And yet, compared to Roberts’s majority opinion in Shelby County, Griswold seems like a paean to textualism and judicial restraint. Shelby County never identifies which provision of the Constitution embodies the “‘fundamental principle of equal sovereignty’ among the States” that the Court’s decision rests upon.

Although Shelby County does make a vague statement that the 15th Amendment “is not designed to punish for the past; its purpose is to ensure a better future,” this principle appears nowhere in the text of that amendment. And, in any event, the concept of “equal sovereignty” does not flow from Roberts’s future-driven interpretation of that amendment. It can’t even be found in the 15th Amendment’s penumbras and emanations.

We don’t have to imagine what Shelby County might have said if the Court had attempted to ground its decision in constitutional text — and in nearly 200 years of precedent governing how courts should read that text. Chief Justice Earl Warren wrote that opinion for the Court in South Carolina v. Katzenbach (1966), the Court’s original decision upholding the Voting Rights Act, which relies heavily on both the text of the 15th Amendment and a centuries-old line of cases holding that Congress’s power to legislate should be construed broadly.

The 15th Amendment has two provisions. The first prohibits the government from denying or abridging the right to vote “on account of race, color, or previous condition of servitude,” while the second clause declares that “Congress shall have power to enforce this article by appropriate legislation.” Thus, as Warren explained, Congress has broad authority to enact laws preventing race discrimination in voting.

Warren quoted a line of cases, stretching back to the early days of the republic, which established that Congress’s power to regulate is quite broad indeed. When the Constitution gives Congress the power to legislate on a particular subject matter, the Court established in McCulloch v. Maryland (1819), it may use “all means which are appropriate” and that are “plainly adapted” to a legitimate end, so long as Congress does not violate some other provision of the Constitution in the process.

Taken together, decisions like McCulloch and the 15th Amendment’s text yield a clear result: Congress, not the Court, gets to decide how it wants to fight race discrimination in voting. Congress, not a handful of Republican-appointed judges, gets to decide whether preclearance should exist, and which states should be subject to it.

Voting rights activists rally on the National Mall in Washington, DC, on June 26, 2021, in support of DC statehood.
Stefani Reynolds/Bloomberg/Getty Images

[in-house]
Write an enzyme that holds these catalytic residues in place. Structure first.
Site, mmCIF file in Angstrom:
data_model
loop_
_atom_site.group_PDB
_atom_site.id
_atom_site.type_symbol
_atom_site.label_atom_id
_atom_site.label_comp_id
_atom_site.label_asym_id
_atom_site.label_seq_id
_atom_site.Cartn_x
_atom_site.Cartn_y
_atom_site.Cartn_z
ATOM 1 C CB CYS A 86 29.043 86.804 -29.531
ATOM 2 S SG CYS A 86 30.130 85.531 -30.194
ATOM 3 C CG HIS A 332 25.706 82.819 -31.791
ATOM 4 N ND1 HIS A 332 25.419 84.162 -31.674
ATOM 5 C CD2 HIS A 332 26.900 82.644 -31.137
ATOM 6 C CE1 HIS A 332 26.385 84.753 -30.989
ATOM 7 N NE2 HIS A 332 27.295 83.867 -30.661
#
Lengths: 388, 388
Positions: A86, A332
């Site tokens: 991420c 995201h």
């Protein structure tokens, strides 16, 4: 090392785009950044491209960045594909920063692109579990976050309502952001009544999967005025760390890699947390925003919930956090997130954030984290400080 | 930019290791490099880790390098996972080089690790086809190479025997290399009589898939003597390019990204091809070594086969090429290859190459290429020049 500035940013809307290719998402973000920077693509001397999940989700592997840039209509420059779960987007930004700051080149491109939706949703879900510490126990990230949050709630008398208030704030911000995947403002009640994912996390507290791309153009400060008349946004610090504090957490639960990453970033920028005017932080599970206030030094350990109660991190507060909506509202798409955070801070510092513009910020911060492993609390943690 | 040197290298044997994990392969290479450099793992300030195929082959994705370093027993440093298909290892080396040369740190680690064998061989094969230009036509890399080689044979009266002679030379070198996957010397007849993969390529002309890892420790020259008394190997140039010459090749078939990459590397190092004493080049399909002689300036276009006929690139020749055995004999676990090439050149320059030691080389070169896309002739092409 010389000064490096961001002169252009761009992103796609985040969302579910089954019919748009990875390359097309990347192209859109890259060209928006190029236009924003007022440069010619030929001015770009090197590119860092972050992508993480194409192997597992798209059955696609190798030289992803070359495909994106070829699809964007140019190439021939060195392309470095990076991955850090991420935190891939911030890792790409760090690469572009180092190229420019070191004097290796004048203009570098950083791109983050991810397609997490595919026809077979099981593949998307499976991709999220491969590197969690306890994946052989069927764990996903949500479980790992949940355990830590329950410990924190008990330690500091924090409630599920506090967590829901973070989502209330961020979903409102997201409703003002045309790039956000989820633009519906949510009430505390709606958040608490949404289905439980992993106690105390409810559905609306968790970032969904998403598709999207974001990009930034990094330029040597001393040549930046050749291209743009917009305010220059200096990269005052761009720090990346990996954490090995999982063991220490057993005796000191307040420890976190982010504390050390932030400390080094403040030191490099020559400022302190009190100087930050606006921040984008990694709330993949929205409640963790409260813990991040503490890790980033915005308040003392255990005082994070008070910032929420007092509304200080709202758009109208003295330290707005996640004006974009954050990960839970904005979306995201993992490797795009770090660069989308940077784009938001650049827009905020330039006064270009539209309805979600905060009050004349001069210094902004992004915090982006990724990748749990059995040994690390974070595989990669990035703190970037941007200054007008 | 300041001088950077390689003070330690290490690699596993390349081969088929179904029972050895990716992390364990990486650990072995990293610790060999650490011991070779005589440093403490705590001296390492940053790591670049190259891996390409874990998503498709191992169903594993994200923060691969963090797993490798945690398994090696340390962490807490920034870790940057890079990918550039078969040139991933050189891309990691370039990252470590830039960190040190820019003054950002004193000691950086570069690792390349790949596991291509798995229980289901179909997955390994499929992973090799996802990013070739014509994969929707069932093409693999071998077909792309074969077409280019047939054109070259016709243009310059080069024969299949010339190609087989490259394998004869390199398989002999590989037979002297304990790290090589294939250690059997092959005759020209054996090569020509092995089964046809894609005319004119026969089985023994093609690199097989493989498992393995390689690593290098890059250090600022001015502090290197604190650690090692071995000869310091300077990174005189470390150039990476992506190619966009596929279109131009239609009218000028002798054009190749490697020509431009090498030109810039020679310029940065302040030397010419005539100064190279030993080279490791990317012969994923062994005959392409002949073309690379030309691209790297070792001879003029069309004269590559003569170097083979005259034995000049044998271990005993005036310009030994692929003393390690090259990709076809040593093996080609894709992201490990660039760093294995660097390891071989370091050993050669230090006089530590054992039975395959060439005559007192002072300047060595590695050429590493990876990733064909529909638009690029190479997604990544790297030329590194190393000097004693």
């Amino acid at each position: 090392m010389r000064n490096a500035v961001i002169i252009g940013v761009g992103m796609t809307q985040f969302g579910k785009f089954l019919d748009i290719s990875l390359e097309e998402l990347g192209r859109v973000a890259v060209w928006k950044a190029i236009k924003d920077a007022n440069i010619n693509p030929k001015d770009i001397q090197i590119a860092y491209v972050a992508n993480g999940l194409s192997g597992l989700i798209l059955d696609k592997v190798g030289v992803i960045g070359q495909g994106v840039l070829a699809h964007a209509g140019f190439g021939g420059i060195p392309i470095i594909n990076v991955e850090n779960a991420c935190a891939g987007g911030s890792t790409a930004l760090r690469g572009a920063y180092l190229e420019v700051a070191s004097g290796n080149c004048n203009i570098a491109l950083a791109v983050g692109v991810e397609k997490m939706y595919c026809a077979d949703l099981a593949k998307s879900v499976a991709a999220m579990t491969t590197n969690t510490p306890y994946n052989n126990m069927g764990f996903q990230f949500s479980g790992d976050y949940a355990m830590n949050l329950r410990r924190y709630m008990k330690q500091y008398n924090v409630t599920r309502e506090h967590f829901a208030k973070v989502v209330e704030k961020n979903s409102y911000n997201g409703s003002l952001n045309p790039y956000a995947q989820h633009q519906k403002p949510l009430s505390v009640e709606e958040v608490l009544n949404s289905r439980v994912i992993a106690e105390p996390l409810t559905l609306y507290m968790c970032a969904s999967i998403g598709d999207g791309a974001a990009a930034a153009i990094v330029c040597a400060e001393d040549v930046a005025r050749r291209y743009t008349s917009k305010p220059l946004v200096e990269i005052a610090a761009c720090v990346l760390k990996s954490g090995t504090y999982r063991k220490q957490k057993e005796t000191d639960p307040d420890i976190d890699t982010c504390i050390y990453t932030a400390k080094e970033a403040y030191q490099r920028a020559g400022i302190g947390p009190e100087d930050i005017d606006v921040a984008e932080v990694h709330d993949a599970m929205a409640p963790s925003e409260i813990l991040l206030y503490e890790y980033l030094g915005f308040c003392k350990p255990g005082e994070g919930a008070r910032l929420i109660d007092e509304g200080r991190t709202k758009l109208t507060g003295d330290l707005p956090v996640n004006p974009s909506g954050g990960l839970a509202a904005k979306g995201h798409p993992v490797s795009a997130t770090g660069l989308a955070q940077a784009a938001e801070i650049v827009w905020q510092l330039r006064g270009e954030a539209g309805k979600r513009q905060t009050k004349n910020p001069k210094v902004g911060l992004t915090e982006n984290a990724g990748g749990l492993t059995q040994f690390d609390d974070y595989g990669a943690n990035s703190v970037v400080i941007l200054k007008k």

Indeed, Congress would have the power to impose a preclearance regime on most state election rules even if the 15th Amendment didn’t exist. Although the Constitution’s “Elections Clause” permits states to determine the “times, places and manner of holding elections for Senators and Representatives,” it also permits Congress to “make or alter such regulations, except as to the places of choosing Senators.” Thus, the federal government doesn’t just have nearly complete authority to regulate congressional elections, it explicitly has the power to displace state laws.

And yet, as Franita Tolson, a law professor at the University of Southern California and a leading expert on the federal government’s power to regulate elections, explained in recent testimony before Congress, Shelby County “ignored that the Elections Clause stands as an additional source of authority” which “can justify federal anti-discrimination and voting rights legislation.”

The impact of Shelby County was fairly swift. In 2013, for example, Texas enacted racially gerrymandered legislative maps, even though a federal court had rejected many key elements of these maps under the Voting Rights Act’s preclearance provisions. Yet, with preclearance dead, the Supreme Court upheld nearly all of Texas’s gerrymandered maps in Abbott v. Perez (2018).

Similarly, if preclearance were still in effect, it is unlikely that many of the controversial provisions of Georgia’s recently enacted voter suppression law would survive. And certainly no federal official acting in good faith would permit Georgia to simply start closing down polling places in Black neighborhoods.

Alito’s opinion in Brnovich pays no more heed to the text of the Voting Rights Act than Roberts’s opinion in Shelby County paid to the Constitution.

That case involved two interlocking provisions of the Voting Rights Act. One prohibits any law that “results in a denial or abridgement of the right of any citizen of the United States to vote on account of race or color.” The other provides that the Voting Rights Act is violated if “based on the totality of circumstances, it is shown that the political processes leading to nomination or election in the State or political subdivision are not equally open to participation by” voters of color, or if such voters “have less opportunity than other members of the electorate to participate in the political process and to elect representatives of their choice.”

That’s a lot of thick legal language, but one searches it in vain for anything suggesting, as Alito wrote in Brnovich, that election practices that were common in 1982 are presumptively legal. Or, as he also suggested in Brnovich, that state election rules are presumptively lawful so long as they supposedly combat voter fraud.

As Rick Hasen, a law professor and election law expert at the University of California Irvine, writes in Slate, Brnovich ignores “the text of the statute, its comparative focus on lessened opportunity for minority voters, and the history that showed Congress intended to alter the status quo and give new protections to minority voters.” Alito’s opinion in Brnovich bears the same resemblance to the text of the Voting Rights Act that Taco Bell does to Mexico.